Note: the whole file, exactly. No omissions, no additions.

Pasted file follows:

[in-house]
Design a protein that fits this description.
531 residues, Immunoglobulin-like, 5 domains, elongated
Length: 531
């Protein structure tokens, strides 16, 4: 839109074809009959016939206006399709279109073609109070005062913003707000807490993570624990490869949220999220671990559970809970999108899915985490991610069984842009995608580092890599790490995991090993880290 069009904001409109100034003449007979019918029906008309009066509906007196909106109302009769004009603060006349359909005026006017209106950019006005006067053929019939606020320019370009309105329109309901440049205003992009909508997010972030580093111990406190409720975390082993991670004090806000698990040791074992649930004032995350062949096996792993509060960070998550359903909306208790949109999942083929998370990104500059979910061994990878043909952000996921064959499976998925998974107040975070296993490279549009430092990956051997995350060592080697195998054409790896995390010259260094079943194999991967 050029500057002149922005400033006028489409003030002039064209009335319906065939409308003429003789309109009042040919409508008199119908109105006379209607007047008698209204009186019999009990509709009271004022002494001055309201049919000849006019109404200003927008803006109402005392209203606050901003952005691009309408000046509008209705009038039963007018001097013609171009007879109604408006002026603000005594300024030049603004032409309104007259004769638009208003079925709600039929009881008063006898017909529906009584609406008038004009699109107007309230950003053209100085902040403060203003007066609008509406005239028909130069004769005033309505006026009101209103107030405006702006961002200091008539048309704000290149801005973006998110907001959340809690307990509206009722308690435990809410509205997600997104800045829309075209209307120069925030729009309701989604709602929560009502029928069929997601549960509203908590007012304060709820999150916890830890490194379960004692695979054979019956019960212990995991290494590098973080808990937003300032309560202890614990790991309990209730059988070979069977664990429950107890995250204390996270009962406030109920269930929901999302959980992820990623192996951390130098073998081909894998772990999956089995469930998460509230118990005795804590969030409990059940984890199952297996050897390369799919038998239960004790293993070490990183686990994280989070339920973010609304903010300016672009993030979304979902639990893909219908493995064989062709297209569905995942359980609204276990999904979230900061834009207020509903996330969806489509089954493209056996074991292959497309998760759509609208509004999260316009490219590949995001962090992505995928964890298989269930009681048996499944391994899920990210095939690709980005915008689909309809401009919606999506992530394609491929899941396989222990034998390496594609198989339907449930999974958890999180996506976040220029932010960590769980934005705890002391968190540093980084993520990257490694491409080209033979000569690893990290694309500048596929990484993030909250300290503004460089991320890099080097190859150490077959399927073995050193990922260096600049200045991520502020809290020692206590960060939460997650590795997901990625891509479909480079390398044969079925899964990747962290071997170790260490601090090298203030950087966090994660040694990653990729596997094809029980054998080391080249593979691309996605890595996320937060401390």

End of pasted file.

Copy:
[in-house]
Design a protein that fits this description.
531 residues, Immunoglobulin-like, 5 domains, elongated
Length: 531
């Protein structure tokens, strides 16, 4: 839109074809009959016939206006399709279109073609109070005062913003707000807490993570624990490869949220999220671990559970809970999108899915985490991610069984842009995608580092890599790490995991090993880290 069009904001409109100034003449007979019918029906008309009066509906007196909106109302009769004009603060006349359909005026006017209106950019006005006067053929019939606020320019370009309105329109309901440049205003992009909508997010972030580093111990406190409720975390082993991670004090806000698990040791074992649930004032995350062949096996792993509060960070998550359903909306208790949109999942083929998370990104500059979910061994990878043909952000996921064959499976998925998974107040975070296993490279549009430092990956051997995350060592080697195998054409790896995390010259260094079943194999991967 050029500057002149922005400033006028489409003030002039064209009335319906065939409308003429003789309109009042040919409508008199119908109105006379209607007047008698209204009186019999009990509709009271004022002494001055309201049919000849006019109404200003927008803006109402005392209203606050901003952005691009309408000046509008209705009038039963007018001097013609171009007879109604408006002026603000005594300024030049603004032409309104007259004769638009208003079925709600039929009881008063006898017909529906009584609406008038004009699109107007309230950003053209100085902040403060203003007066609008509406005239028909130069004769005033309505006026009101209103107030405006702006961002200091008539048309704000290149801005973006998110907001959340809690307990509206009722308690435990809410509205997600997104800045829309075209209307120069925030729009309701989604709602929560009502029928069929997601549960509203908590007012304060709820999150916890830890490194379960004692695979054979019956019960212990995991290494590098973080808990937003300032309560202890614990790991309990209730059988070979069977664990429950107890995250204390996270009962406030109920269930929901999302959980992820990623192996951390130098073998081909894998772990999956089995469930998460509230118990005795804590969030409990059940984890199952297996050897390369799919038998239960004790293993070490990183686990994280989070339920973010609304903010300016672009993030979304979902639990893909219908493995064989062709297209569905995942359980609204276990999904979230900061834009207020509903996330969806489509089954493209056996074991292959497309998760759509609208509004999260316009490219590949995001962090992505995928964890298989269930009681048996499944391994899920990210095939690709980005915008689909309809401009919606999506992530394609491929899941396989222990034998390496594609198989339907449930999974958890999180996506976040220029932010960590769980934005705890002391968190540093980084993520990257490694491409080209033979000569690893990290694309500048596929990484993030909250300290503004460089991320890099080097190859150490077959399927073995050193990922260096600049200045991520502020809290020692206590960060939460997650590795997901990625891509479909480079390398044969079925899964990747962290071997170790260490601090090298203030950087966090994660040694990653990729596997094809029980054998080391080249593979691309996605890595996320937060401390």